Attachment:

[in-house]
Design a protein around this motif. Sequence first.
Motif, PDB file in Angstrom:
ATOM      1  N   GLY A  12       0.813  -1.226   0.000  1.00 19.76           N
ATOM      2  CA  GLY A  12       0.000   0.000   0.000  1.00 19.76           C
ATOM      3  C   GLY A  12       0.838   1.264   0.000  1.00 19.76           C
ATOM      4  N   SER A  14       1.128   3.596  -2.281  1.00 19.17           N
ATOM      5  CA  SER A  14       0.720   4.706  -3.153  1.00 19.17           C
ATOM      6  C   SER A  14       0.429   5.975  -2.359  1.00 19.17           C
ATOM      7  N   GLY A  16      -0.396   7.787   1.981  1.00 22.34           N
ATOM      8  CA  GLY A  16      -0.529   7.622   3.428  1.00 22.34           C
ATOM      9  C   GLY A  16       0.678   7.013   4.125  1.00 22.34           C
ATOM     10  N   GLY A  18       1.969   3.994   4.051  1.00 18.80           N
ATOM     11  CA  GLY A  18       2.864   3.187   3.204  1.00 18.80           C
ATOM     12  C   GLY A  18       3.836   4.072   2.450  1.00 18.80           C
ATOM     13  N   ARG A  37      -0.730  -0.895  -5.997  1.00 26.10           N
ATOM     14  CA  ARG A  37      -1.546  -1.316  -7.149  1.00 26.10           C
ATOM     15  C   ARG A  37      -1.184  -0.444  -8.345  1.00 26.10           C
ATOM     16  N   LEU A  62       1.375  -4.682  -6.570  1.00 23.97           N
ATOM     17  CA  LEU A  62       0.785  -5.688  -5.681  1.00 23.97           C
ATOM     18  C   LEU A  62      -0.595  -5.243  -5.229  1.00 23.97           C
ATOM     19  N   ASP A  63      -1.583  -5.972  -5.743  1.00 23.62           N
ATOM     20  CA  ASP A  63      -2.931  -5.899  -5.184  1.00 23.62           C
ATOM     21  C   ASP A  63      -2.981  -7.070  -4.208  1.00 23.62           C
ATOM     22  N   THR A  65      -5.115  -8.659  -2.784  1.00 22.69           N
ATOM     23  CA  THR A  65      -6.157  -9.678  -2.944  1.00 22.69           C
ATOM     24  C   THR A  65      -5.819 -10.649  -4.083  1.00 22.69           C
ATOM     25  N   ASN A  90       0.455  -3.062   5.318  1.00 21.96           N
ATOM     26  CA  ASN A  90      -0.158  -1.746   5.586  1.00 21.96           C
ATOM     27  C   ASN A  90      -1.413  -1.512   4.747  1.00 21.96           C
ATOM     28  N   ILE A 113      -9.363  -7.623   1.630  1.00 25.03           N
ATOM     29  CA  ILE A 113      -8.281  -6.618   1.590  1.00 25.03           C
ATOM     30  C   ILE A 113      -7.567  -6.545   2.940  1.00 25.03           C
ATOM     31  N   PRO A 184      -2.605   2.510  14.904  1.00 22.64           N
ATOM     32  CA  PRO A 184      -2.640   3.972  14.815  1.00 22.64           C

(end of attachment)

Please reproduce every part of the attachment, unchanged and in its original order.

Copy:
[in-house]
Design a protein around this motif. Sequence first.
Motif, PDB file in Angstrom:
ATOM      1  N   GLY A  12       0.813  -1.226   0.000  1.00 19.76           N
ATOM      2  CA  GLY A  12       0.000   0.000   0.000  1.00 19.76           C
ATOM      3  C   GLY A  12       0.838   1.264   0.000  1.00 19.76           C
ATOM      4  N   SER A  14       1.128   3.596  -2.281  1.00 19.17           N
ATOM      5  CA  SER A  14       0.720   4.706  -3.153  1.00 19.17           C
ATOM      6  C   SER A  14       0.429   5.975  -2.359  1.00 19.17           C
ATOM      7  N   GLY A  16      -0.396   7.787   1.981  1.00 22.34           N
ATOM      8  CA  GLY A  16      -0.529   7.622   3.428  1.00 22.34           C
ATOM      9  C   GLY A  16       0.678   7.013   4.125  1.00 22.34           C
ATOM     10  N   GLY A  18       1.969   3.994   4.051  1.00 18.80           N
ATOM     11  CA  GLY A  18       2.864   3.187   3.204  1.00 18.80           C
ATOM     12  C   GLY A  18       3.836   4.072   2.450  1.00 18.80           C
ATOM     13  N   ARG A  37      -0.730  -0.895  -5.997  1.00 26.10           N
ATOM     14  CA  ARG A  37      -1.546  -1.316  -7.149  1.00 26.10           C
ATOM     15  C   ARG A  37      -1.184  -0.444  -8.345  1.00 26.10           C
ATOM     16  N   LEU A  62       1.375  -4.682  -6.570  1.00 23.97           N
ATOM     17  CA  LEU A  62       0.785  -5.688  -5.681  1.00 23.97           C
ATOM     18  C   LEU A  62      -0.595  -5.243  -5.229  1.00 23.97           C
ATOM     19  N   ASP A  63      -1.583  -5.972  -5.743  1.00 23.62           N
ATOM     20  CA  ASP A  63      -2.931  -5.899  -5.184  1.00 23.62           C
ATOM     21  C   ASP A  63      -2.981  -7.070  -4.208  1.00 23.62           C
ATOM     22  N   THR A  65      -5.115  -8.659  -2.784  1.00 22.69           N
ATOM     23  CA  THR A  65      -6.157  -9.678  -2.944  1.00 22.69           C
ATOM     24  C   THR A  65      -5.819 -10.649  -4.083  1.00 22.69           C
ATOM     25  N   ASN A  90       0.455  -3.062   5.318  1.00 21.96           N
ATOM     26  CA  ASN A  90      -0.158  -1.746   5.586  1.00 21.96           C
ATOM     27  C   ASN A  90      -1.413  -1.512   4.747  1.00 21.96           C
ATOM     28  N   ILE A 113      -9.363  -7.623   1.630  1.00 25.03           N
ATOM     29  CA  ILE A 113      -8.281  -6.618   1.590  1.00 25.03           C
ATOM     30  C   ILE A 113      -7.567  -6.545   2.940  1.00 25.03           C
ATOM     31  N   PRO A 184      -2.605   2.510  14.904  1.00 22.64           N
ATOM     32  CA  PRO A 184      -2.640   3.972  14.815  1.00 22.64           C